I’m on vacation down in Naples Florida. About three hours or so south and west of my home, Orlando. It’s a whole different type of climate, very much more tropical than Orlando. I haven’t seen much since I’ve been here though, I’m still on the tail end of a recovery from some illnesses.

First, on May 29, I had a colonoscopy to look into the state of my intestines and what would be needed to finally reverse my ileostomy. Unfortunately, my large intestines are, pardon the pun, crap, and the procedure perforated them, filling my abdominal cavity with the medical gasses they use in the procedure, and I was in the hospital for a week or so.

Then I got to go home, to my big comfy couch and, through copious medications, the pain slowly went away.

Aha! But then came the pneumonia. That’s been another few weeks added to my couch jockeying.

I think the pneumonia was from the hospital, exacerbated by that bastard of an air bubble; the lung affected was the one the bubble was pushing up against, causing all the pain.

I’ve lost thirty pounds. Not in a good way. Muscle atrophy is a real thing. I’m weak, still have abdominal pain, from the coughing and dry heaves, and my insides feel loose, like after my first surgery.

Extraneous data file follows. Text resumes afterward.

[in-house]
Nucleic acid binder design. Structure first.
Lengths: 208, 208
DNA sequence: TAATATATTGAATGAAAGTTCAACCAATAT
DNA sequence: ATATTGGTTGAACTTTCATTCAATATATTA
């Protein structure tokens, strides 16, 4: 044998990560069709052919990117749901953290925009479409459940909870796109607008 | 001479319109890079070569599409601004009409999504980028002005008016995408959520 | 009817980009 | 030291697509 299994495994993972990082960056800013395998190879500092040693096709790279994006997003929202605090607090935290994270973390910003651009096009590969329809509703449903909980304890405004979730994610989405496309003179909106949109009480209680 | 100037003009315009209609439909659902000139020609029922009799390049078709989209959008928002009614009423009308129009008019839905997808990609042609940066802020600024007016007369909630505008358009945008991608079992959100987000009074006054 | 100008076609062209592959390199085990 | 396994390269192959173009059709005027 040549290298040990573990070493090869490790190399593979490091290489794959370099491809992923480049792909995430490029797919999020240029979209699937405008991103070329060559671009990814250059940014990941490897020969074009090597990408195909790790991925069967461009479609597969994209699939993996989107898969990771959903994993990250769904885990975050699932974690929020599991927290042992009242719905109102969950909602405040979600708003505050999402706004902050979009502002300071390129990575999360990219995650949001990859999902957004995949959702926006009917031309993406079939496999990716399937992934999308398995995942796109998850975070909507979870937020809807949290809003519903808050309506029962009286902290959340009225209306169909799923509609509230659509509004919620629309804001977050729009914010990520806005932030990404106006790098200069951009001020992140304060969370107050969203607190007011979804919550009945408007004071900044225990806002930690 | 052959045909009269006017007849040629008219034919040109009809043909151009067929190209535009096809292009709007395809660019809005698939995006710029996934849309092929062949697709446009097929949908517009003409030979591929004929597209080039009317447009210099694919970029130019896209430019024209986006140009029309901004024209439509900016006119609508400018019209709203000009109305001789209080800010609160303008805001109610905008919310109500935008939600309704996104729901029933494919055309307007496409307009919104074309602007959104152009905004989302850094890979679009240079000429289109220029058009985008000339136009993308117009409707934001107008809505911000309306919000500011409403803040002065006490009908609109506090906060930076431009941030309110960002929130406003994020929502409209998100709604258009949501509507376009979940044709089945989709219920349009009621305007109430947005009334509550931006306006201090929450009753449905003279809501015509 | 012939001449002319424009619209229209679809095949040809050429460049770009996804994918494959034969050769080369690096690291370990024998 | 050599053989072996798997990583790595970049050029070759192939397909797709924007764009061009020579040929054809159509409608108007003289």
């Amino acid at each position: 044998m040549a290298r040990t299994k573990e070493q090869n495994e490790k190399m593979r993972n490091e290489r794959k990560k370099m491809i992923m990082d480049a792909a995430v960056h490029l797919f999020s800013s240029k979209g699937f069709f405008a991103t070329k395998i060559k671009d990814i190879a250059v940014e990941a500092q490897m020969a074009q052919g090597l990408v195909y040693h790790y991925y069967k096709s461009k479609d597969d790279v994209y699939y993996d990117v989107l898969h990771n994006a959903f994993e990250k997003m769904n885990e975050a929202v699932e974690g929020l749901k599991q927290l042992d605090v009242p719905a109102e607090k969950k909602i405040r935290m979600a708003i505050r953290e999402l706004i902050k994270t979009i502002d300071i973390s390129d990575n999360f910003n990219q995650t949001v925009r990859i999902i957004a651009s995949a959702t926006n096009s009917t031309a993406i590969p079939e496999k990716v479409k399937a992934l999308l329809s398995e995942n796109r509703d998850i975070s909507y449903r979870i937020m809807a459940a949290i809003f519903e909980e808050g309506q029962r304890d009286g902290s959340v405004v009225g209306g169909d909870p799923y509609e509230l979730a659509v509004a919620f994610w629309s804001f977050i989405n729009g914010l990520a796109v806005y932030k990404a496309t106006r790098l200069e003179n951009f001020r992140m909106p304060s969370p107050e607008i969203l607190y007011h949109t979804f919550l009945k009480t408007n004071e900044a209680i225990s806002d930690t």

I’ve been on ibuprofen and acetaminophen for a month and a half, so when I let the pills run out, I get all of the aches and pains a 40-something-year-old, who’s abused his body viciously, deserves. Not to mention I think I’m having a gout flare in my knee.

Wah wah me, feel sorry for the old cuss.

There are others who are far worse than I.

But bear with me, I’m just setting the scene.

While I’ve been here, with the family going to the beach and what not, I’ve stayed inside and worked a few trees I brought along. That’s me.

Whenever I can, I try to practice my Art. It’s been tough. I haven’t been out in my nursery more than a handful of times in the last month and a half.

First, I’m weak. My lung capacity is greatly diminished. And the albuterol treatments are not fun. Jittery, nervous, short tempered.

I yelled at the microwave today. 

So here I am, watching Disney+ in the Airbnb, trying to stay hydrated and counting the hours from when I last took that last 800mg of ibuprofen and trying not to cough. Then I got a message from a FB friend, Buzz. He asked if I could come by and take a look at his collection and work on some trees.

It took some serious thought to say yes.

I won’t lie.

There’s being unwell, then there’s the inertia of sitting on the couch. Could I motivate myself to work? Could I handle a few hours wiring and pruning? Would I start to cough and then vomit?

Well, there I am.

I made it off the couch.

I guess this wouldn’t be a blog post if I hadn’t.

I didn’t take many pics…

Only three bad pics, and no before pic. And the one with me in it is from Buzz.

Look at that base! (In botany they call it the buttress. In bonsai, the Japanese term is nebari)

The tree is a willow leaf ficus. I was excited seeing it. It looked cool with the dead area on the trunk (what’s usually called a shari in most bonsai circles).

And that’s Buzz, say “Hi!”